First off, “The decentralization effects of blockchain-based cryptocurrencies are hitting the venture capital industry in more ways than one.” is simply not true. We have not seen a company who was able to get venture funding walk away from that and go the ICO, Crowdfunding or Equity Crowdfunding route. To make this claim so boldly is sensationalistic at best, but I bet you get lots of visits to this page 😉 Show us just one executive summary or business plan or cryptocurrency company that could have been funded by well heeled investors. Having seen plenty of these plans myself, your claim here is clearly exaggerated. As with any business, the “thing” being developed has to have utility. Here’s the list of ICOs (on-going and upcoming): https://www.ico-list.com/. Please point us to which of these cryptocurrencies have *any* utility whatsoever? Here’s a list of all the cryptocurrencies, https://www.cryptocoincharts.info/coins/info. Same question, other than Bitcoin, Ether (sort of), and Monero (still early but Alphabay is supporting its use), please share your thoughts on the utility of any of these. How would any professional investor in their right mind even begin to invest in *any* of these? Let’s just say, that in a portfolio strategy, perhaps it would make sense to allocate some small percentage of one’s portfolio to a basket of cryptocurrencies, but I would also recommend to that same investor who thinks this is a good idea, that they allocate some to penny stocks, lottery tickets, and some swamp land in Florida…’cause you never know 😉
The ownership model for the founders is no different than with any other startup, except they also get early currency (especially in pre-mine scenarios). For investors, there’s no “ownership” of the company, only ownership in the coins which means that the founders have off-loaded their risk on to those who would buy their coins. We just saw ICONOMI raise close to $10m on less than a white paper and some fancy blue sky language without having built much of a business or demonstrated technology. Synereo’s AMP coin is supposedly going to provide users of it the ability to extended distribution of their content, except for one problem…the platform has yet to be completed. Heck, MAIDSAFE I believe holds the record for longest time with a coin and no service to speak of. For investors, there is only ownership of vaporware, nothing more. For founders, this is GREAT! Retain all the equity, and completely de-risk themselves to the point that if they fail they were well compensated for their efforts. Not exactly a comforting thought for an investor.
As you describe the Business Model, you’d think that an economy comes first, before the product or service has been developed, completed, and shown to be useful. Are you kidding me?! A self-sustaining circular economy has to drive from the utility of the products or services before the currency. I’m guessing Steemit is your poster child for this model, so likely we will have an example to point to once their experiment is more fully flushed out. I suspect you will need to find another example soon but for now, that’s potentially the only in-market example. Storj and IPFS are still immature and the issues to watch with them are less economic and more behavioral in terms of whether people buy-in to their distributed storage models beyond empathy.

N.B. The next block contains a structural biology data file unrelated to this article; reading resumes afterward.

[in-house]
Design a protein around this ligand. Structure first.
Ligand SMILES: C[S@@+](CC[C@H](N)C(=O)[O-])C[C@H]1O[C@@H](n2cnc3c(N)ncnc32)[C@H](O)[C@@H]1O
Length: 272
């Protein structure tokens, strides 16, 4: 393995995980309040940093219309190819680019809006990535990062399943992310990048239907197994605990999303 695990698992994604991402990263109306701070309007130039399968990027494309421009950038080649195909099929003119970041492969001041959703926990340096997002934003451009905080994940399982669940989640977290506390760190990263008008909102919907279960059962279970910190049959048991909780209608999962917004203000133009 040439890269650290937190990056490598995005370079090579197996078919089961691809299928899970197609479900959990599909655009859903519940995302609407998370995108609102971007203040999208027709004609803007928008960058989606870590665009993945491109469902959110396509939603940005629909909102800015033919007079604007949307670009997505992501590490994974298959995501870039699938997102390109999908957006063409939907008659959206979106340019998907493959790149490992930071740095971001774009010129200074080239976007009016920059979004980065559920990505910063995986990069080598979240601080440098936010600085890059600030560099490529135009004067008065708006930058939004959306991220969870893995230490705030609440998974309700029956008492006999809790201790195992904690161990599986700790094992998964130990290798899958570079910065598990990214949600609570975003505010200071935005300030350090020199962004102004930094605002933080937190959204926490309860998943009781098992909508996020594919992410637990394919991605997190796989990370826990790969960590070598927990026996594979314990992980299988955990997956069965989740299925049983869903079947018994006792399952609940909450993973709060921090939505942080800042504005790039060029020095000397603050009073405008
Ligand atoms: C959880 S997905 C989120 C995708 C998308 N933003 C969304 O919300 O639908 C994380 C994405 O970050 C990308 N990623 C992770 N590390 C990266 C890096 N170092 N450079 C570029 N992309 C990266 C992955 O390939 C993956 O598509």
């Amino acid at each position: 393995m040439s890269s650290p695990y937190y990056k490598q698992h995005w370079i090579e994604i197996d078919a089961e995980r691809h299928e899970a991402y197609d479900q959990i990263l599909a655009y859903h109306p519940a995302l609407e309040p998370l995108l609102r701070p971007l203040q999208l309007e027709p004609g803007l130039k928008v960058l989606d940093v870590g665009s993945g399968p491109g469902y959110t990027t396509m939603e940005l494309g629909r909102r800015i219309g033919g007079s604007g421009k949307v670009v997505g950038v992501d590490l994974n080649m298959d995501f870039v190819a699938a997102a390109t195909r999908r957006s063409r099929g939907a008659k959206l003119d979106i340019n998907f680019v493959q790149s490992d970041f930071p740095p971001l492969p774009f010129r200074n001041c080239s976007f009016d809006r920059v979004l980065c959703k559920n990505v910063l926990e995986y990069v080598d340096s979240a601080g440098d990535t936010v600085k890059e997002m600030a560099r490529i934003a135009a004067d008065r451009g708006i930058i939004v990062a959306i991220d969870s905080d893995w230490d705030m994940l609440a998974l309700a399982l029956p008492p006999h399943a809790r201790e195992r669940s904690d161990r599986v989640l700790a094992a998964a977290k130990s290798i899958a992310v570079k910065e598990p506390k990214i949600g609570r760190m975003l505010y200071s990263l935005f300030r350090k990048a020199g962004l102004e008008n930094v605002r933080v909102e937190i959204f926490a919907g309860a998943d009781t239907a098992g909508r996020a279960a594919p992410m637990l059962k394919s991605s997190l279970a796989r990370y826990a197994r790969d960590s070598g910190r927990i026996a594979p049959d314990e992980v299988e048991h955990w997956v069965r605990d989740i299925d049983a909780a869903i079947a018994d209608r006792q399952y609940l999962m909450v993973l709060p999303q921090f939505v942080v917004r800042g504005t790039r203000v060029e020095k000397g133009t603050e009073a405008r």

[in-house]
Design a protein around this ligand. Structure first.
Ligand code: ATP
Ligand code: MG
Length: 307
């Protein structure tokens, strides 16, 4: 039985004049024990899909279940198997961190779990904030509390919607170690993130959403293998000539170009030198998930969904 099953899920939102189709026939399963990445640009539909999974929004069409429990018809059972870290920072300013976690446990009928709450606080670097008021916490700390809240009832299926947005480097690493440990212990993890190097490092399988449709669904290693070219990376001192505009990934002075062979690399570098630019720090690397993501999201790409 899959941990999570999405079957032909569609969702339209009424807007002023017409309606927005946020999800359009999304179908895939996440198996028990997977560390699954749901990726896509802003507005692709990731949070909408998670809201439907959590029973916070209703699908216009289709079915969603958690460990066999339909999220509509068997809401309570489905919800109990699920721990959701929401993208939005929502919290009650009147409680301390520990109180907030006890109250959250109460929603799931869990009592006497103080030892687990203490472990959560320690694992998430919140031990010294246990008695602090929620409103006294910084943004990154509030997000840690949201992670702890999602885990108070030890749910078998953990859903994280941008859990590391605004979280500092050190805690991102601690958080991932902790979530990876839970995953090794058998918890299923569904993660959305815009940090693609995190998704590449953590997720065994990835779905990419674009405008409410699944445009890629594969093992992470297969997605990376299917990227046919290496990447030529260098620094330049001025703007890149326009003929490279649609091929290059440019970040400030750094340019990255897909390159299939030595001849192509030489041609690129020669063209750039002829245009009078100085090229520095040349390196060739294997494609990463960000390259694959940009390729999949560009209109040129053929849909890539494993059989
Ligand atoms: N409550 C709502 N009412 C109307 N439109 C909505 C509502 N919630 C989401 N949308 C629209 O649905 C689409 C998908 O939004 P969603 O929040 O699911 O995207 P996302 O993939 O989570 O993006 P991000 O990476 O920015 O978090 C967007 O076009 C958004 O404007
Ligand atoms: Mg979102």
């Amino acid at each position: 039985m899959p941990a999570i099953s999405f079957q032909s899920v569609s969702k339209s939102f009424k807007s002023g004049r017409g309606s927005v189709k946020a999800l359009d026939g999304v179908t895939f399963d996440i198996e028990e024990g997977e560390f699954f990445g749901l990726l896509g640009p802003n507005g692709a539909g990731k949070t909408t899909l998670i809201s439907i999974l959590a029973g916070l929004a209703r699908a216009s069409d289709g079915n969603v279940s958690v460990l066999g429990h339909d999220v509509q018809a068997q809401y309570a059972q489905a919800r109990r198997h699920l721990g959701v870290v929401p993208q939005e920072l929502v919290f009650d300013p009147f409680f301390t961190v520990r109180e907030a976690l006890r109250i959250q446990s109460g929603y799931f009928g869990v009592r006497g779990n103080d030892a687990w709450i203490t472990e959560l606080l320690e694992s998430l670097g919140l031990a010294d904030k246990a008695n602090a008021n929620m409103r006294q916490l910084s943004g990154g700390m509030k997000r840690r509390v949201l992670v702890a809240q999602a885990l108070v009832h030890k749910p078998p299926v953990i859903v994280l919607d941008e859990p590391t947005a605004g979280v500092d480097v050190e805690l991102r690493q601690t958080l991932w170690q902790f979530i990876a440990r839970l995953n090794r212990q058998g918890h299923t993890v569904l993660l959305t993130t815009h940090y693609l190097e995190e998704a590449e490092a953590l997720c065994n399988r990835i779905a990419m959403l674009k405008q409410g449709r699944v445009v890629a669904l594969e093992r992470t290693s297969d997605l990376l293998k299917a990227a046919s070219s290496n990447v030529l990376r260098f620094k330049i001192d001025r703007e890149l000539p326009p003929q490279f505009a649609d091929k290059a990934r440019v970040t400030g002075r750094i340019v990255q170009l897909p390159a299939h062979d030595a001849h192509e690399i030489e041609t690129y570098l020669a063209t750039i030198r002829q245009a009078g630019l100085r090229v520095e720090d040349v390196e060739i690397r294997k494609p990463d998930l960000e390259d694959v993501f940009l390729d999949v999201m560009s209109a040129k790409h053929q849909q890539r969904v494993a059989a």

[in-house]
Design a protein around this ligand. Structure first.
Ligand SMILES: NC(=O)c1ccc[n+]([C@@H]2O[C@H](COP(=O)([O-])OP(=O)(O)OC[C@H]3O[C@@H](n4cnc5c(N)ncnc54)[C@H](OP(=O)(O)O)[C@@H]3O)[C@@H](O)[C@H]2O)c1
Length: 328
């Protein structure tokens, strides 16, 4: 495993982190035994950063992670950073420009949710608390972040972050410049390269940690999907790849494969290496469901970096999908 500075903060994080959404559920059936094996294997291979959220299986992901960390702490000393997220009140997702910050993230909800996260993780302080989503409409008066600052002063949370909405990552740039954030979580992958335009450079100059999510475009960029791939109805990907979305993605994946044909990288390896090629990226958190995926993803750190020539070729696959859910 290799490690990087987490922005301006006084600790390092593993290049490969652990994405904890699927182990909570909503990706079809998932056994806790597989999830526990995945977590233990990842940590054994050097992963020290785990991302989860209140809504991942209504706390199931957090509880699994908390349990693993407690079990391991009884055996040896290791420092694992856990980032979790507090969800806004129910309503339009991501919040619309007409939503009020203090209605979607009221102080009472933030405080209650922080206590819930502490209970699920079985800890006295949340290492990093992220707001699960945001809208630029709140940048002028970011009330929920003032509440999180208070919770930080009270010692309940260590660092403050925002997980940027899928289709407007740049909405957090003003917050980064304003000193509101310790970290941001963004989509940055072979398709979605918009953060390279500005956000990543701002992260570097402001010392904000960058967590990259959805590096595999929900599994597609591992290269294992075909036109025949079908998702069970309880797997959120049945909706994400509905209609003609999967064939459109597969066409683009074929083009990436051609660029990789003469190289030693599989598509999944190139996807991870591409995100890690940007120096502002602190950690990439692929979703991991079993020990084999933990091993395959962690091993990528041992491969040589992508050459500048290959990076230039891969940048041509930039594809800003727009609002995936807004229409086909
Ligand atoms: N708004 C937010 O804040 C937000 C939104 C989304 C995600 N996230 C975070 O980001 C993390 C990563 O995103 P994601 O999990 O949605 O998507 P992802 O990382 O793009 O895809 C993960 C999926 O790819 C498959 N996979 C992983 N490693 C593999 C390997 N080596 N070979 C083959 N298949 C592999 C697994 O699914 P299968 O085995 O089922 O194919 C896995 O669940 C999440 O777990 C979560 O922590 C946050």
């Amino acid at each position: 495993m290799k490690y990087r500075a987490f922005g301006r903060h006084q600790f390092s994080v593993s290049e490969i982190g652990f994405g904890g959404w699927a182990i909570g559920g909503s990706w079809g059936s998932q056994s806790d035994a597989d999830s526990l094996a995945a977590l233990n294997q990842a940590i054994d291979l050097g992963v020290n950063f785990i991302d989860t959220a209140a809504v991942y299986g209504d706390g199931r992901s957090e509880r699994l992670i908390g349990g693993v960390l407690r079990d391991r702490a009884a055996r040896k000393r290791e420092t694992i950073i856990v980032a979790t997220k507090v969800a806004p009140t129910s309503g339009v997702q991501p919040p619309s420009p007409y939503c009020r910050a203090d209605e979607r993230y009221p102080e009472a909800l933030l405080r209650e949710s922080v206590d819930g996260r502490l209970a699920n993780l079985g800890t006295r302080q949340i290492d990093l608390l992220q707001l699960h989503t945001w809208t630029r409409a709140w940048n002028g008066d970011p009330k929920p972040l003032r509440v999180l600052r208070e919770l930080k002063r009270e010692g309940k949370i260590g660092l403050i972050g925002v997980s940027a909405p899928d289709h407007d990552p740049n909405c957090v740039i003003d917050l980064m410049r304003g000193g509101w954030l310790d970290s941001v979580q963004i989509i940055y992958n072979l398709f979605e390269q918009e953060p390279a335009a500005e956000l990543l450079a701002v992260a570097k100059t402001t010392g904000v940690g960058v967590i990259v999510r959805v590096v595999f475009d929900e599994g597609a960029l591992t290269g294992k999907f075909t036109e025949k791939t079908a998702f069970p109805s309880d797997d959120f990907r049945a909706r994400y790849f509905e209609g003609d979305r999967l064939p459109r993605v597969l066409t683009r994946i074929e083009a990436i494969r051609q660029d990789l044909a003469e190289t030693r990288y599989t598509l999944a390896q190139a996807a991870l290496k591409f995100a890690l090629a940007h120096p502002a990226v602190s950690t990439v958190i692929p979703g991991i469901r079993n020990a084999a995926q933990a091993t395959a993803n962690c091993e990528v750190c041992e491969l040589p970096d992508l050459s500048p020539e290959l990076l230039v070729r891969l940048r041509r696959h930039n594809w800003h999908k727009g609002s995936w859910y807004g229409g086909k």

The Legal Structure issue is not so material, other than the fact that you bring DAOs into this. Anyone who invest through a DAO is simply an idiot. While I try not to generally be so judgmental, the notion that one would put their money into a structure that is difficult, if not impossible, to hold liable for losses, is simply insane. Not to mention, that no contractor in their right mind should do work for a DAO lest they held responsible as the only legal entity that can be held liable when things go wrong. Let’s just say that regulators let TheDAO developers escape punishment (at least so far) out of the goodness of their hearts.
Where I really get upset with your post is when you discuss “Exit Method”. IPO, really? In what parallel universe are you living to even begin making such a claim. Let’s crawl before we run, shall we? First, let’s see a company actually make something useful for which a large enough group of people can help make that company profitable and professional investor worthy. Then we can talk IPO. As for ICO, this is indeed an exit which it feels all the existing developers are getting well before they have completed a real product, service, any utility to the coin(s), or as you like to call it, a self-sustaining economy to speak of. ICOs create a perverse incentive for those creating these cryptocurrencies.
Bitcoin did something novel, with Proof of Work requiring participants to invest power before obtaining value. There was no company that profiteered from its release. We’re still working through its utility issues beyond the dark net markets and some instances of remittance. But these are two very large markets on which bitcoin can hang its utility shingle. There are lots of speculators there keeping the price relatively high, but with the utility foundation one can at least feel some comfort in that the floor price is greater than zero. This cannot be said for just about every other cryptocurrency.
> Show us just one executive summary or business plan or cryptocurrency company that could have been funded by well heeled investors.
Ethereum could have raised VC money quite easily.
Didn’t realize Ethereum was a company. Thought they were a non-profit foundation. If I’m wrong in that assumption, then I stand corrected. I’d be really curious to hear what *real* VC was actually prepared to fund them if your assertion is true.
The quality spectrum of startups is very wide, whether cryptocurrencies are part of it or not, so there is nothing new here. Investors need to be diligent anyways.
I agree with what you are implying here- that the waters are treacherous and all is not clear, but there is definitive potential about the possibilities ahead.
That video summarise pretty much my thinking. Calling *bullshit* not really, the true is, we don’t stop innovating and we have no respect for the statue quo.
Good to see your evolving perspectives in this latest post: http://startupmanagement.org/2017/01/23/watch-out-the-icos-are-coming/. Probably would have been easier to cut & paste my above comments 🙂
I had forgotten about your comments here.
Let’s connect via email.